Theosophy and the Society in the Public Eye

Inner Spiritual Dimensions – 2 – Artwork by Kate Blalack

Public Eye Kate b

The artist Kate (right) and her daughter Mina

In the previous edition of Theosophy Forwardwe introduced Kate Blalack from Oklahoma, USA. She is a delightful young woman who for some years now has been working as a volunteer for this e-magazine. Next to that she is talented, a sincere seeker, and she is smart. In this 4thquarter issue Kate presents yet another series of her art work. The descriptions are hers. 

 

lowerresdimenssions2

Paradox  

(wire, polymer clay, cloth, clock, acrylic paint, 36” tall sculpture)

New Image

I had become obsessed with creating something that was “un-real” that appeared “real.” I wanted to break the 4thwall, figuratively speaking J. This clock person was what emerged. I knew that if I could capture time, it would be in paradox. So I did just that. 

 

LookInside

Look Inside 

(acrylic paint on canvas, 8” x 12”)

Russian matryoska dolls have always fascinated me. I began collecting them from my father when he would return from visiting Russia, then my mother, then other people as they saw my collection grow. To me, the self inside emerging again and again in an endless fractal of reoccurrences was a perfect representation of karma. Many of these dolls told stories in pictures on their bellies, the great fairy tales and myths, these helped me to see that what has real meaning is deep within, and that the self is not just one being. Here I have shown the light inside the self.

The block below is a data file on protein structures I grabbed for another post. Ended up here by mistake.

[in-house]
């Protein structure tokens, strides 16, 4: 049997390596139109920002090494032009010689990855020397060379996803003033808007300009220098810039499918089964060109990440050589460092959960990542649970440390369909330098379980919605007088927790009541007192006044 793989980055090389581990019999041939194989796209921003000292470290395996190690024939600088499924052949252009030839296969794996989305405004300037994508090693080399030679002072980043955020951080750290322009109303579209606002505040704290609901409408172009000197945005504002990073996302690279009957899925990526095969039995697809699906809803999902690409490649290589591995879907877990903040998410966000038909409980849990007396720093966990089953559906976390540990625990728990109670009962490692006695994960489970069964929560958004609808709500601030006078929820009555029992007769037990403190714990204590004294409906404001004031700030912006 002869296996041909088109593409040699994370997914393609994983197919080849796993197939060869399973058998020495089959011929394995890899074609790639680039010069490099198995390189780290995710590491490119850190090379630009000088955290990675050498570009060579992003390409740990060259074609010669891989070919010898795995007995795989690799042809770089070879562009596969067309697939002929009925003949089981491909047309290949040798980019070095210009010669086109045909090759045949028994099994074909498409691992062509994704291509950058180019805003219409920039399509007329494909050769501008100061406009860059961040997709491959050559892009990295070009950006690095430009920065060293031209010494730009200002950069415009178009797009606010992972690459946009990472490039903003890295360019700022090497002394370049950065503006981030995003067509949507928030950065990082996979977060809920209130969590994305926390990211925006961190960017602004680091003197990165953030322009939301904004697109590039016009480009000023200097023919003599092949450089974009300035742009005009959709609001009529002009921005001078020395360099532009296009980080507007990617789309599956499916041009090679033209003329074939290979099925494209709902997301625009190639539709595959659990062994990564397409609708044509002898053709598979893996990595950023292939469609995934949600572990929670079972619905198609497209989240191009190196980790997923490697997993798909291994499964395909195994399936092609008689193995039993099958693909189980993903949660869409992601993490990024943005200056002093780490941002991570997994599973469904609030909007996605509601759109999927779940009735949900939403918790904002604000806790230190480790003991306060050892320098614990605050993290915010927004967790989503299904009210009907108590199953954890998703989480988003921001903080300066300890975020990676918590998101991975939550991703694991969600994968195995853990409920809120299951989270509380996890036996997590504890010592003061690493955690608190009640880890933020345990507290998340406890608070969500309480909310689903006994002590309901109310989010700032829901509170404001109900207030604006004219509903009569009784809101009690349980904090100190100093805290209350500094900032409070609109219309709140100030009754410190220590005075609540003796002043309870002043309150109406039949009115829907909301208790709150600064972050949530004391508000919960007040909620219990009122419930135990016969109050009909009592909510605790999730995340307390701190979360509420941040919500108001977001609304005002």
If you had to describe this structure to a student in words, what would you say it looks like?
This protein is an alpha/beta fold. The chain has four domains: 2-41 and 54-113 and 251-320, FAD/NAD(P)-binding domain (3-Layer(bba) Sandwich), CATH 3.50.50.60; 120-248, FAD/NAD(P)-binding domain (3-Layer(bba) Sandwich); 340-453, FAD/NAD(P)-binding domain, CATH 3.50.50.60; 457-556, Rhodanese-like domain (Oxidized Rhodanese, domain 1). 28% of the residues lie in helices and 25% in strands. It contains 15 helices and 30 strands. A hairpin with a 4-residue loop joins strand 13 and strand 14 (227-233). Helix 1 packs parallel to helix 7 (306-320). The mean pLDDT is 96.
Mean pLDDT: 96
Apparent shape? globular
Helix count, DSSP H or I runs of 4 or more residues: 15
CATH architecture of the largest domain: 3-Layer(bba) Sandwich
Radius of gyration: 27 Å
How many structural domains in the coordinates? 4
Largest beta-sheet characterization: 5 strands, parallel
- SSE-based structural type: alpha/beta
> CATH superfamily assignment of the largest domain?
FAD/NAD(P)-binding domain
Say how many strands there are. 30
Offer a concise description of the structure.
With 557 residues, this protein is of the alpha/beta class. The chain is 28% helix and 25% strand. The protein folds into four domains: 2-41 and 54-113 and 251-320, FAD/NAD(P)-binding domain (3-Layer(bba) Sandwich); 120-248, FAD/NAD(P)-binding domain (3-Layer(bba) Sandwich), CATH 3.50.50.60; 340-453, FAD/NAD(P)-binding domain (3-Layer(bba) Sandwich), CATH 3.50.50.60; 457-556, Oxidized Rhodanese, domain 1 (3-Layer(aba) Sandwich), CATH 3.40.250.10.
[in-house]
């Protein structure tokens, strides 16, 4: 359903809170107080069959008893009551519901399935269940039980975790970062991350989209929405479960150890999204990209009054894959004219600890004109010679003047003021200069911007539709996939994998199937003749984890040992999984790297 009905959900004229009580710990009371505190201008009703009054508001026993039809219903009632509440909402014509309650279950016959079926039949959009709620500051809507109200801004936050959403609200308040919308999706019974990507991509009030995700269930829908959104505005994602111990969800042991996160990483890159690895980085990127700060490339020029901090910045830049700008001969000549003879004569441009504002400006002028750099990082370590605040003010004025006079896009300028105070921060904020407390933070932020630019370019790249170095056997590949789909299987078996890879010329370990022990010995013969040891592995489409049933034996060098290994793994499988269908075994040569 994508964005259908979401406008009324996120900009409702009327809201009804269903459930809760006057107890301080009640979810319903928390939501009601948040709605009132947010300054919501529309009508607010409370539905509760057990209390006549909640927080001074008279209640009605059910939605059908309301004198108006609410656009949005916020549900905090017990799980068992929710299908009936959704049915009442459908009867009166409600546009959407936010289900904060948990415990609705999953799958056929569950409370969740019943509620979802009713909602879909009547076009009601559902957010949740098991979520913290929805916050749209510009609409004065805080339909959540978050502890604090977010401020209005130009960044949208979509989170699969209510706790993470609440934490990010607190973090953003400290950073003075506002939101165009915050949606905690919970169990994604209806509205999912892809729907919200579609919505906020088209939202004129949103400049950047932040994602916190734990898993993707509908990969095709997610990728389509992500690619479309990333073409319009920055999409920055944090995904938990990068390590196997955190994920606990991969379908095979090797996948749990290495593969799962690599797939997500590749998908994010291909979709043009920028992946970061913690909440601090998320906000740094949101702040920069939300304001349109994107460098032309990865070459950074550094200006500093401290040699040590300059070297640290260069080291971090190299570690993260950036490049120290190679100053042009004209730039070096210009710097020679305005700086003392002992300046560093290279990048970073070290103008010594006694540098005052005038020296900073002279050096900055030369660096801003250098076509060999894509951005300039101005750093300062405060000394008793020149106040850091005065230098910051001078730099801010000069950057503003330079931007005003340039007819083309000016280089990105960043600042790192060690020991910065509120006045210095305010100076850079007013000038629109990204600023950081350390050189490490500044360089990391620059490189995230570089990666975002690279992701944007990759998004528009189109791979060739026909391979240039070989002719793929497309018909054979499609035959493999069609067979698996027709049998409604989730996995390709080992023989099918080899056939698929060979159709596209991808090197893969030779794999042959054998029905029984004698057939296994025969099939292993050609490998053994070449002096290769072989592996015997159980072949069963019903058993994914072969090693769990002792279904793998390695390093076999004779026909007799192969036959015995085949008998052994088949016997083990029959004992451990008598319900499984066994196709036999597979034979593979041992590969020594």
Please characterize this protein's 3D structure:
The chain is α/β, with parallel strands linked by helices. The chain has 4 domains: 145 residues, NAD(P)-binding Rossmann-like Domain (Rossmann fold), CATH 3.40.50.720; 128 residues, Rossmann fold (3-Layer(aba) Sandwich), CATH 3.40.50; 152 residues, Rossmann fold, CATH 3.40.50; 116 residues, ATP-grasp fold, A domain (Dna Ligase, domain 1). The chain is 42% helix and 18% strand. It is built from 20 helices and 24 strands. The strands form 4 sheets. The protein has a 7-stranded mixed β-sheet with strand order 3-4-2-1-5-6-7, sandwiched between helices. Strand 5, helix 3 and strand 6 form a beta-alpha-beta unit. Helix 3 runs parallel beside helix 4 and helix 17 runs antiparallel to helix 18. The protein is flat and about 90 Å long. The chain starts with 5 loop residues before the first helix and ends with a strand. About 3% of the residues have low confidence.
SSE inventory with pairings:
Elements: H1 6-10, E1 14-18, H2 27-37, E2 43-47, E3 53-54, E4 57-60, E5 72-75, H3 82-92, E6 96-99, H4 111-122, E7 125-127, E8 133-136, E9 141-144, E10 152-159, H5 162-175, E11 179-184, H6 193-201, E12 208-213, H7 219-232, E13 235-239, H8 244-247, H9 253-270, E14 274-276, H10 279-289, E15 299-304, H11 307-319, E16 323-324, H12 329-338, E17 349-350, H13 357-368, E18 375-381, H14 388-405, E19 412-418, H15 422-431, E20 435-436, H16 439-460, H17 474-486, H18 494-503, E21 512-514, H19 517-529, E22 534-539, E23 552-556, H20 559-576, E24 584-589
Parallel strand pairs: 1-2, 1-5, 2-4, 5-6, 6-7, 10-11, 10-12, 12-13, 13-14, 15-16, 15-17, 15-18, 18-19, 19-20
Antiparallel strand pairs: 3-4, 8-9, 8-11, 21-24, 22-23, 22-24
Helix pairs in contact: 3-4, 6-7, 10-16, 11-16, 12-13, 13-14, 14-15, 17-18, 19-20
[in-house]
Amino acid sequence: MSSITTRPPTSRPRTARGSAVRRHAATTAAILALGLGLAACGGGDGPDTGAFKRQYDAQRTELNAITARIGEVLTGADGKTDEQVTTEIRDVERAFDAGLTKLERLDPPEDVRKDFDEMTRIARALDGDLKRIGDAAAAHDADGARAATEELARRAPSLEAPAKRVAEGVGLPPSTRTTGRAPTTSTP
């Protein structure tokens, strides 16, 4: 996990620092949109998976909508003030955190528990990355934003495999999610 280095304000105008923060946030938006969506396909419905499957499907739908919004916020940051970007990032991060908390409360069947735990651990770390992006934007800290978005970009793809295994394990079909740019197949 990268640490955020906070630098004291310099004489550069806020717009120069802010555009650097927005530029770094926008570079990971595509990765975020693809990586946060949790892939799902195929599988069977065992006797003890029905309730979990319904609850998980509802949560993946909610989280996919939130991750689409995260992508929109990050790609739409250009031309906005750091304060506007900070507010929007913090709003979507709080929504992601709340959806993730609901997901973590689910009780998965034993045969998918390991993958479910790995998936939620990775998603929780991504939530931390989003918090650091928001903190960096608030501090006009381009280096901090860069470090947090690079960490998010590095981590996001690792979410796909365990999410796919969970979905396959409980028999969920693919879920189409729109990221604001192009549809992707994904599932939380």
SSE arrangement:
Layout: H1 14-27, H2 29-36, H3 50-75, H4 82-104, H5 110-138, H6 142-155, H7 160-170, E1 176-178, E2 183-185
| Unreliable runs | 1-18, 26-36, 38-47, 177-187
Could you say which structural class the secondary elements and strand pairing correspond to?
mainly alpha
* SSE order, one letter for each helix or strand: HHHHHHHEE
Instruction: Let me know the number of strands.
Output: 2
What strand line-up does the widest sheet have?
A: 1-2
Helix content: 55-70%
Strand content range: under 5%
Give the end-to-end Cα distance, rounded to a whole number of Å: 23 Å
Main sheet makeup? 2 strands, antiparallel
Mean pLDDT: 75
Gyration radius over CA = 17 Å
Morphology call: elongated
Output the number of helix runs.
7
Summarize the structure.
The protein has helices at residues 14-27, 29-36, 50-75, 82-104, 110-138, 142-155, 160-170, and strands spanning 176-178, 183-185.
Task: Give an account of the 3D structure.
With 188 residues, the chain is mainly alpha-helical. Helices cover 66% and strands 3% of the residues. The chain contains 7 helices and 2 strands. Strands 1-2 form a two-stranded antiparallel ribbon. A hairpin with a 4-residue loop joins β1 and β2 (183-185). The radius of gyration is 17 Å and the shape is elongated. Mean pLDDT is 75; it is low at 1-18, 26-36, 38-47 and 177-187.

ouroboros

Ouroboros

 (acrylic paint on canvas, 24” x 24”)

This ancient symbol, the world serpent, was always interesting to me. The king snake, the serpent, etc., was a representation of the material universe. I came to discover Theosophy through my studies of alchemy and Gnosticism. This is where I first learned of the ouroboros, and this is my representation.

 

Pooka

Pooka 

(0il paint on canvas, 18” x 24”)

My family is Irish/Italian. My grandfather came from County Tipperary in Ireland, first generation American. He was full of stories of creatures, such as the Pooka, from the “Old Country.” I loved the idea of a shape-shifter and always imagined one to be hiding in the corner of my grandparent’s house. Their house was where I first learned self-reflection and meditation. When I would visit them by myself, it was the first time I had to myself, as my parent’s house was full of the noise of four children and four cats. I later learned more about elementals, and I learned the Pooka was a  representation of one of them.

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